Aid agencies say Myanmar’s persecuted Rohingya Muslim refugees are suffering from mental health issues, including suicidal thoughts at overcrowded camps in neighboring Bangladesh.
According to an assessment by the International Organization for Migration (IOM), food shortages were the most recurrent issue affecting the refugees' mental health while inadequate shelter, poor sanitation and hygiene were also frequently cited as concerns.
Focus groups involving 300 people living in the densely populated "mega-camp" in Cox's Bazar District found that 38 percent of children and 74 percent of adults "felt sad always." Suicidal thoughts were reported by four percent of youth.
Olga Rebolledo, a mental health and psychosocial support coordinator with the IOM, said, "It's an alert that youth are neglected from services."
"They don't have any options here right now, no possibilities for jobs or education," Rebolledo said.
The IOM study also said "not being recognized as citizens" was psychologically destabilizing for 40 percent of refugees. "We can't do anything about that," said Rebolledo. "What we can do is show them that they have resources and a very strong sense of identity as a community."
At least 63 percent of adult participants are traumatized and constantly grieving for lost family members.
One elderly Rohingya woman said she could not stop thinking about her son and husband who were killed by soldiers. "I dreamed about my son twice," she said, adding, "Once he was bringing me seeds to plant, and the second time he was hiding behind a wall."
One quarter of children in the "mega-camp" are acutely malnourished, with 7.5 percent at a high risk of death from severe malnutrition.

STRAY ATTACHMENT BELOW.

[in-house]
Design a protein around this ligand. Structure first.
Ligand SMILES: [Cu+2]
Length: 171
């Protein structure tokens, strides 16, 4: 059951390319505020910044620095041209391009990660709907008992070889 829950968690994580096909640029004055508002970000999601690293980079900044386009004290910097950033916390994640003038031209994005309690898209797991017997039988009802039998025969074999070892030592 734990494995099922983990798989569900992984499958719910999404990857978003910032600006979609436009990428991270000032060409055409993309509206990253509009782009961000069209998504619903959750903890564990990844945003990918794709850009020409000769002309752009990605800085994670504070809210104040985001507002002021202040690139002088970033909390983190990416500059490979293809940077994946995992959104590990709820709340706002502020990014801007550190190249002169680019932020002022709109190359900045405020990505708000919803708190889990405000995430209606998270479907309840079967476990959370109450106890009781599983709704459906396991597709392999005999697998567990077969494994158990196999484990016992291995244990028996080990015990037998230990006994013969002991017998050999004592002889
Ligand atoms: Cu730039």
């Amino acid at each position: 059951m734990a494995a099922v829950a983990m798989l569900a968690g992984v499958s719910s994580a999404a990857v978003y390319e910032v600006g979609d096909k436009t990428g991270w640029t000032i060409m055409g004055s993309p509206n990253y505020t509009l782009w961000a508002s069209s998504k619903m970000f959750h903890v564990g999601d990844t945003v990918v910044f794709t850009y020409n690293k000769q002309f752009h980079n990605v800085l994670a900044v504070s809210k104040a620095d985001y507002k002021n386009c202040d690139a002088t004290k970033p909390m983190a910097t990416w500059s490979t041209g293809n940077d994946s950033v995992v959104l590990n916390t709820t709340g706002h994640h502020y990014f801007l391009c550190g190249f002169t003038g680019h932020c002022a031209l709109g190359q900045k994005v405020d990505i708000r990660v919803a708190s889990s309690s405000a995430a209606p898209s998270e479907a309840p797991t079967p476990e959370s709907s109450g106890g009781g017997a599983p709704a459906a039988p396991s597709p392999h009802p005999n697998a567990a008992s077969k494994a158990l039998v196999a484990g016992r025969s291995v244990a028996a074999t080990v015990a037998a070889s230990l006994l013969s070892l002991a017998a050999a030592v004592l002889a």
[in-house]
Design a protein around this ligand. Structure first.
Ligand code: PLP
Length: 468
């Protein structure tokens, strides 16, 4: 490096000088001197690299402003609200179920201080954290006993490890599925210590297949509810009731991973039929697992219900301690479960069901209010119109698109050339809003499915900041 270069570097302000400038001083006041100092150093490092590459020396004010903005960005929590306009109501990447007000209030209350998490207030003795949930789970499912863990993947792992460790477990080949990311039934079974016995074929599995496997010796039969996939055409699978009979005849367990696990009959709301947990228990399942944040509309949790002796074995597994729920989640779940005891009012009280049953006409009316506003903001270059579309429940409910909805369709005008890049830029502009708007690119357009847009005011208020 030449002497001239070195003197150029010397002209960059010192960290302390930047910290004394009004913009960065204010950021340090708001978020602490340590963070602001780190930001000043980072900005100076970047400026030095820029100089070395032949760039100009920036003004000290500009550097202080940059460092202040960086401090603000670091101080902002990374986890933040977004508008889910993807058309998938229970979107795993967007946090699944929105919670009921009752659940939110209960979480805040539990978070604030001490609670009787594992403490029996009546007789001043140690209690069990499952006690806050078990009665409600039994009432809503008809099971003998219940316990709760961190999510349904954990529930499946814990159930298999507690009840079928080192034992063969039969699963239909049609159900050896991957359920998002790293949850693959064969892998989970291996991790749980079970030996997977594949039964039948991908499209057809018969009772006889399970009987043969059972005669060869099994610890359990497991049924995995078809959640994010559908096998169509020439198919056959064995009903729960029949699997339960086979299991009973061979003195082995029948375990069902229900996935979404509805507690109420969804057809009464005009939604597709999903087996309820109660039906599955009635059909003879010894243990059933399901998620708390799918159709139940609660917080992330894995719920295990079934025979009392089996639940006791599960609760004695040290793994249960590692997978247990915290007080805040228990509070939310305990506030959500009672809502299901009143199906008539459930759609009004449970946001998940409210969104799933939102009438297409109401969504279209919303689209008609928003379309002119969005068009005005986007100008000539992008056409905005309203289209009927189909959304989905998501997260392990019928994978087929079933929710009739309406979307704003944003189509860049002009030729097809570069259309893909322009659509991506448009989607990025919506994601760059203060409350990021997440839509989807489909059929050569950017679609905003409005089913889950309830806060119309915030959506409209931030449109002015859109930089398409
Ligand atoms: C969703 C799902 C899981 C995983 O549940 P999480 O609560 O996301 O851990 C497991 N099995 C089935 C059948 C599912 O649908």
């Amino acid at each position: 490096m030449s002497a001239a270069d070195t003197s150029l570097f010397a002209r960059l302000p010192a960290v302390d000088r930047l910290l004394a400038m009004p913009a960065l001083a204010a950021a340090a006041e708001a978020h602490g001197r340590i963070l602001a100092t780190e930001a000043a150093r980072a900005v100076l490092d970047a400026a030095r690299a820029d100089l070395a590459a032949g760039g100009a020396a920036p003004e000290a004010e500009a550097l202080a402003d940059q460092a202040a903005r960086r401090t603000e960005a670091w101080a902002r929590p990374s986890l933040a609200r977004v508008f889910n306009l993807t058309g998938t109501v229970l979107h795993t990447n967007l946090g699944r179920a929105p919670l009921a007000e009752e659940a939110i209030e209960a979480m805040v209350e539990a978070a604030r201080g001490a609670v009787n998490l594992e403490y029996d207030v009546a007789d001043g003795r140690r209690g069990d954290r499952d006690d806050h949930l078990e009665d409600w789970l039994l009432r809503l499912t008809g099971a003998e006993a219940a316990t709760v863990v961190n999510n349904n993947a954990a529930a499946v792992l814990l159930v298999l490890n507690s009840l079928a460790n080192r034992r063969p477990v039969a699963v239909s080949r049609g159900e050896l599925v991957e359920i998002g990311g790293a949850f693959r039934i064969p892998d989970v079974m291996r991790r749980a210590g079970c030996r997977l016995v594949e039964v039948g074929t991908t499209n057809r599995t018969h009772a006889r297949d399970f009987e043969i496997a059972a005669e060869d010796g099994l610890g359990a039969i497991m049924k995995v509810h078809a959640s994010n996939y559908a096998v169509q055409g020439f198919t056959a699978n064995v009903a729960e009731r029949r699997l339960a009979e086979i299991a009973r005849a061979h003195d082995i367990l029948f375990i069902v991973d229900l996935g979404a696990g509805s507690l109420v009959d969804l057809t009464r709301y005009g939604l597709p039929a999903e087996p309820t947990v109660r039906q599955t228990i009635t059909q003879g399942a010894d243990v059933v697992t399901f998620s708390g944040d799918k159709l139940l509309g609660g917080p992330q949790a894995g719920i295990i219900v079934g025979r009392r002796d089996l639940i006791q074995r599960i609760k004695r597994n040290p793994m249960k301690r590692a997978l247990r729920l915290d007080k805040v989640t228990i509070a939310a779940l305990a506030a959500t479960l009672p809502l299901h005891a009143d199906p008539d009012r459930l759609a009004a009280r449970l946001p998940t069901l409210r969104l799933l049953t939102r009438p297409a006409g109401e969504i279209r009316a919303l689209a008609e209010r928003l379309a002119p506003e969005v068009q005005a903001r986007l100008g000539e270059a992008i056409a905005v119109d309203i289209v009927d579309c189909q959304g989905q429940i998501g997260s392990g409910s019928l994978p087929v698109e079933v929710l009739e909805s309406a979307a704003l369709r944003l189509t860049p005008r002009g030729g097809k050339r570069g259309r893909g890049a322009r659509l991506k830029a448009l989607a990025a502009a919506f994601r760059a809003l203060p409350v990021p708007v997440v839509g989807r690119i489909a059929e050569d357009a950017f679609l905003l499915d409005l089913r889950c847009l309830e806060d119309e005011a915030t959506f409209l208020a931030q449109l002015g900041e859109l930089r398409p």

Researchers from the United States' Centers for Disease Control and Prevention, the charity Action Against Hunger, and the UN refugee agency (UNHCR) said more than 43 percent of children were chronically malnourished.
But improving living standards is a challenge for aid agencies scrambling to provide services to the fastest growing refugee population in decades.
According to the UNHCR, the population in the camp swelled to almost 600,000 from about 19,000 in four months.
About 700,000 Rohingya Muslims have crossed into Bangladesh from Myanmar since August 25, 2017, when the military began a crackdown in Rakhine state.
Myanmar’s government troops have been committing killings, making arbitrary arrests, and carrying out arson attacks in Muslim villages in Rakhine over the past months.
The Rohingya have lived in Myanmar for generations but are denied citizenship and are branded illegal immigrants from Bangladesh, which likewise denies them citizenship.
The UN has also described the 1.1-million-strong Muslim community as the most persecuted minority in the world.